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The boys at last had to leave their father. The Indians killed and scalped him and cut a pair of silver buckles from his trousers. Years later, after many exploits and some narrow escapes, Tom Quick, got the buckles back. All this carnage because of the “Crooked Walk” which turned peaceful Indians into enemies.


        Children of William and Elizabeth Ennes (II)

        CORNELIA (III), their first daughter, born 1740—died 1743

        BENJAMIN ENNES (III), born 1743, farmer, lieutenant in the American Revolution, killed in battle in 1780, married


They bore: Elizabeth, IV< b. 1-16-1769; Alexander, IV, b. 4-29-1772; Johannis, IV, b. 5-23-1774; Marie, IV, b. 11-23-1776; Emanuel, IV, b. ?; Benjamin, IV, b. 8-19-1780, after his father’s death.

Events Leading to Benjamin’s Death

        Brant the renegade, was hired by the British to lead the Indians in attacks on the Colonists. The British paid Indians for scalps.

        In 1780, Jerimish Van Anken, was dragged out of his school while in session and killed. While the boys were being tomahawked, outside,—some escaped—Brant took some ink and made a mark in the apron of a girl, saying it would save her life. Brant then went outside to help catch the boys. The other girls quickly marked all their aprons with similar ink marks and saved their lives.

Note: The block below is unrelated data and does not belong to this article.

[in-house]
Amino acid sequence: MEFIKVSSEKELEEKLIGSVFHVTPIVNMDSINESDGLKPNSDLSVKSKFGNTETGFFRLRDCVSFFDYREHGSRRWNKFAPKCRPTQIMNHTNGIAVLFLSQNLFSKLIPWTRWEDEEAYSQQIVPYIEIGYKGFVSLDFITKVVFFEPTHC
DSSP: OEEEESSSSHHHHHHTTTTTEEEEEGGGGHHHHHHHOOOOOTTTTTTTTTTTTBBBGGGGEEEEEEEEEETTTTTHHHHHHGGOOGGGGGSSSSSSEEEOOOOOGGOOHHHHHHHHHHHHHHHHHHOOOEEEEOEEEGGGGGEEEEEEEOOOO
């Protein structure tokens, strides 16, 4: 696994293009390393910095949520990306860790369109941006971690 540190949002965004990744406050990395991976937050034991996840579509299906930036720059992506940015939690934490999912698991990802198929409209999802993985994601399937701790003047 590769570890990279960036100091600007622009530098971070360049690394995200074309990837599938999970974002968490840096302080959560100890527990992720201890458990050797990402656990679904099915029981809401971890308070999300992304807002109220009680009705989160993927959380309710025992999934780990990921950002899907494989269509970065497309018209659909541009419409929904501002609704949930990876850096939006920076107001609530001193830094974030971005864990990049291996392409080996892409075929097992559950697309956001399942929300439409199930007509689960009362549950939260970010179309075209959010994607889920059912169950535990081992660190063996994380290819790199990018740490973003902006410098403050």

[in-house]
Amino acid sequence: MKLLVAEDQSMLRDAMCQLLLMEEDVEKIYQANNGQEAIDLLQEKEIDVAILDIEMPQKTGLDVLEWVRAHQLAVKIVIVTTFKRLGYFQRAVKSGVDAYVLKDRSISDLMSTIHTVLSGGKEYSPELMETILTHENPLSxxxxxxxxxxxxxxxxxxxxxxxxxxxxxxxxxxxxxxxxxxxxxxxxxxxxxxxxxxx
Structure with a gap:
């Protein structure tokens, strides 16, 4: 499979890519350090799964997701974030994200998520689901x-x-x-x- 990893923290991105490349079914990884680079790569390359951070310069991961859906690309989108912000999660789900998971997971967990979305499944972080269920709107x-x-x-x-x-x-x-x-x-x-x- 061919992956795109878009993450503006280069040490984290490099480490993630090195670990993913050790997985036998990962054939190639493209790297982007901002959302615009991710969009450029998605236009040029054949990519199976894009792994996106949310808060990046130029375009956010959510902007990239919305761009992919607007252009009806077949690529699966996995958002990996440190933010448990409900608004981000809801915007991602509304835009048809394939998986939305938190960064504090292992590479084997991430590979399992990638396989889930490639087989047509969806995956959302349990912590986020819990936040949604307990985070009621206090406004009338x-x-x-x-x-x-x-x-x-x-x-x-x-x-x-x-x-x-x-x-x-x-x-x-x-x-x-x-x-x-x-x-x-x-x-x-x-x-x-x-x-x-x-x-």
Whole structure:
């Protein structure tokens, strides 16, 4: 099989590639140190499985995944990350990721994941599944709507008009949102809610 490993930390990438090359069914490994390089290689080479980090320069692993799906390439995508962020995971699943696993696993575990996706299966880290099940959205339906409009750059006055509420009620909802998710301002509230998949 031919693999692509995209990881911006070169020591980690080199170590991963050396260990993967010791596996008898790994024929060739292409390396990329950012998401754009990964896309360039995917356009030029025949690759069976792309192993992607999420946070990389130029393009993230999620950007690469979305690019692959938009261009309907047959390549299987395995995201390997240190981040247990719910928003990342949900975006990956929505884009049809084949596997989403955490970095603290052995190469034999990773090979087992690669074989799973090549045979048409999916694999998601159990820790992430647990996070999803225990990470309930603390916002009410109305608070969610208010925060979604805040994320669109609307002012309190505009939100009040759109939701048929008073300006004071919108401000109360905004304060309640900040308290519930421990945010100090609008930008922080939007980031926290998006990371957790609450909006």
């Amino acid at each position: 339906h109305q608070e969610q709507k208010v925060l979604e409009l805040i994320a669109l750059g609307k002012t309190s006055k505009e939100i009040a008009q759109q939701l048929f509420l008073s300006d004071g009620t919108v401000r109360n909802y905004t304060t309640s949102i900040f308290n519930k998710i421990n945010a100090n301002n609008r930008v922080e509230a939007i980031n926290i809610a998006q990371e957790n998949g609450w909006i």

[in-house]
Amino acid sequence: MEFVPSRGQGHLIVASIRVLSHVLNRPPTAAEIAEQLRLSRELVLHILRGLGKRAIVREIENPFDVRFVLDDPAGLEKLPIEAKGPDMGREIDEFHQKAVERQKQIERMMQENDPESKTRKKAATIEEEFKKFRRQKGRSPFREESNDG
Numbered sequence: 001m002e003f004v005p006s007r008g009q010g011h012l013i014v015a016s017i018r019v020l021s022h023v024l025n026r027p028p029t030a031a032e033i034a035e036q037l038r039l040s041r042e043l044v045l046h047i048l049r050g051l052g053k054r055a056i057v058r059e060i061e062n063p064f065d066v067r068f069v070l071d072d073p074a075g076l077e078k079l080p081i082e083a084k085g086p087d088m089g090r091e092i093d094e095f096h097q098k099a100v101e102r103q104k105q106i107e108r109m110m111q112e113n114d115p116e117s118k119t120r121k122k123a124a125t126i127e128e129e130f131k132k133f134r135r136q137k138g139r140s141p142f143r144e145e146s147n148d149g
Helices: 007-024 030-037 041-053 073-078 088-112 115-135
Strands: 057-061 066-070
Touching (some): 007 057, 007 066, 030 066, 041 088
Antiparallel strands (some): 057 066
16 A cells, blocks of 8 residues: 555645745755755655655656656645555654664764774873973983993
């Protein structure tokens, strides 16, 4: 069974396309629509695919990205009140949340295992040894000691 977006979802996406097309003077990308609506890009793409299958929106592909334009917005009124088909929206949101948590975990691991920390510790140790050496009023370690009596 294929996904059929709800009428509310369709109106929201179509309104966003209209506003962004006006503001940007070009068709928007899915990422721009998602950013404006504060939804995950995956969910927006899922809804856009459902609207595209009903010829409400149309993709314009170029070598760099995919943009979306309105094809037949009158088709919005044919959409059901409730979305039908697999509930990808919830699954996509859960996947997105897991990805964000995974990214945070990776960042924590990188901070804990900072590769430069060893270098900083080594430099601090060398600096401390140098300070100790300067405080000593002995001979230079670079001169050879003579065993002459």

Battle of Connesbaugh—1780


        Because of the atrosity, troops and scouts were rushed in. Brant and his Indians were located on Raymondskill Creek over the Delaware River in Pennsylvania. During the night reinforcements were called. Captain Van Etten, Captain Westbrook and Lieutenant Ennes came, all rushing troops toward Raymondskill Creek. On the way the troops were ambushed by the Indians. Many fled, but Captain Westbrook and Lieutenant Ennes stood their ground, on that rainy day in April, 1780. Lieut. Ennes and twelve other men were killed. Their bodies were buried in the Old Mintsink Cemetery near the Old Ennis Home. Benjamin, IV, the youngest son of Lieutenant Ennes was born in August after that battle.


        The children’s mother, Madam Benjamin then taught school to help keep the family together. It was Alexander Ennes, her son, to whom William Ennes (II) gave the birthright when he made his will in 1799.

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